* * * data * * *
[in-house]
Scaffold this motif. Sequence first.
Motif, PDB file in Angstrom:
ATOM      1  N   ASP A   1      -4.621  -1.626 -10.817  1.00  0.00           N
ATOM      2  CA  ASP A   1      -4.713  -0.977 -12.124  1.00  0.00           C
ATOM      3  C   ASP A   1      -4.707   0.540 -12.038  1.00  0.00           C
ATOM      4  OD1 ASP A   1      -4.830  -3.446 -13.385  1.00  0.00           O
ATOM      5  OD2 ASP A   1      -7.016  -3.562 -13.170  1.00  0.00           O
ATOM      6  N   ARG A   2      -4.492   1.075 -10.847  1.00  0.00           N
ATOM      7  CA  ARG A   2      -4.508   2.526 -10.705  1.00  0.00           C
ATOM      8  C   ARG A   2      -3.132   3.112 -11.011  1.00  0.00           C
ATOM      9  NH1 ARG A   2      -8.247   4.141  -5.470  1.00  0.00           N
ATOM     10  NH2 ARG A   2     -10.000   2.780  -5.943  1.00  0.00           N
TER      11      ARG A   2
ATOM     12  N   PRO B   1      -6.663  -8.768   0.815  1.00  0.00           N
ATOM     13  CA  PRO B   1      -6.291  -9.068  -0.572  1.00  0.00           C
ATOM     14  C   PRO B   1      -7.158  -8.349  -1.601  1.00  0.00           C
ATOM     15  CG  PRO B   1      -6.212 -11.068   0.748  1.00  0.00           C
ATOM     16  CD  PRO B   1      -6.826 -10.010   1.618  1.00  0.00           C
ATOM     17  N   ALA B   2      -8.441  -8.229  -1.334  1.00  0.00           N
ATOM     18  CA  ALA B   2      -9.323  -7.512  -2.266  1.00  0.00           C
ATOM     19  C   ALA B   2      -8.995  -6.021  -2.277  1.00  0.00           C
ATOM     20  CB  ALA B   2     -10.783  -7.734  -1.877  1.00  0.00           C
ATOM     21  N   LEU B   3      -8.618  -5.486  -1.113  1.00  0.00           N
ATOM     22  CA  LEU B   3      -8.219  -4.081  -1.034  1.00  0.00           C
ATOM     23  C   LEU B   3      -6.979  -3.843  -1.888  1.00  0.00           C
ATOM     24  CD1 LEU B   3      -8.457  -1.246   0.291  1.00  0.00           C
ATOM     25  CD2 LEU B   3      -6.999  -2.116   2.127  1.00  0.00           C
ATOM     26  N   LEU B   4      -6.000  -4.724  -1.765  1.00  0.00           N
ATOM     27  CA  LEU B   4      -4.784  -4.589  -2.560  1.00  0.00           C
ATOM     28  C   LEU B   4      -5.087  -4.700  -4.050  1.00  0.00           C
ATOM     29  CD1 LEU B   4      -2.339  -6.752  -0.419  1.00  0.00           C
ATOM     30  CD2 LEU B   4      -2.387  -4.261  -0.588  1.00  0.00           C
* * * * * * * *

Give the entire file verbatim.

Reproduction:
[in-house]
Scaffold this motif. Sequence first.
Motif, PDB file in Angstrom:
ATOM      1  N   ASP A   1      -4.621  -1.626 -10.817  1.00  0.00           N
ATOM      2  CA  ASP A   1      -4.713  -0.977 -12.124  1.00  0.00           C
ATOM      3  C   ASP A   1      -4.707   0.540 -12.038  1.00  0.00           C
ATOM      4  OD1 ASP A   1      -4.830  -3.446 -13.385  1.00  0.00           O
ATOM      5  OD2 ASP A   1      -7.016  -3.562 -13.170  1.00  0.00           O
ATOM      6  N   ARG A   2      -4.492   1.075 -10.847  1.00  0.00           N
ATOM      7  CA  ARG A   2      -4.508   2.526 -10.705  1.00  0.00           C
ATOM      8  C   ARG A   2      -3.132   3.112 -11.011  1.00  0.00           C
ATOM      9  NH1 ARG A   2      -8.247   4.141  -5.470  1.00  0.00           N
ATOM     10  NH2 ARG A   2     -10.000   2.780  -5.943  1.00  0.00           N
TER      11      ARG A   2
ATOM     12  N   PRO B   1      -6.663  -8.768   0.815  1.00  0.00           N
ATOM     13  CA  PRO B   1      -6.291  -9.068  -0.572  1.00  0.00           C
ATOM     14  C   PRO B   1      -7.158  -8.349  -1.601  1.00  0.00           C
ATOM     15  CG  PRO B   1      -6.212 -11.068   0.748  1.00  0.00           C
ATOM     16  CD  PRO B   1      -6.826 -10.010   1.618  1.00  0.00           C
ATOM     17  N   ALA B   2      -8.441  -8.229  -1.334  1.00  0.00           N
ATOM     18  CA  ALA B   2      -9.323  -7.512  -2.266  1.00  0.00           C
ATOM     19  C   ALA B   2      -8.995  -6.021  -2.277  1.00  0.00           C
ATOM     20  CB  ALA B   2     -10.783  -7.734  -1.877  1.00  0.00           C
ATOM     21  N   LEU B   3      -8.618  -5.486  -1.113  1.00  0.00           N
ATOM     22  CA  LEU B   3      -8.219  -4.081  -1.034  1.00  0.00           C
ATOM     23  C   LEU B   3      -6.979  -3.843  -1.888  1.00  0.00           C
ATOM     24  CD1 LEU B   3      -8.457  -1.246   0.291  1.00  0.00           C
ATOM     25  CD2 LEU B   3      -6.999  -2.116   2.127  1.00  0.00           C
ATOM     26  N   LEU B   4      -6.000  -4.724  -1.765  1.00  0.00           N
ATOM     27  CA  LEU B   4      -4.784  -4.589  -2.560  1.00  0.00           C
ATOM     28  C   LEU B   4      -5.087  -4.700  -4.050  1.00  0.00           C
ATOM     29  CD1 LEU B   4      -2.339  -6.752  -0.419  1.00  0.00           C
ATOM     30  CD2 LEU B   4      -2.387  -4.261  -0.588  1.00  0.00           C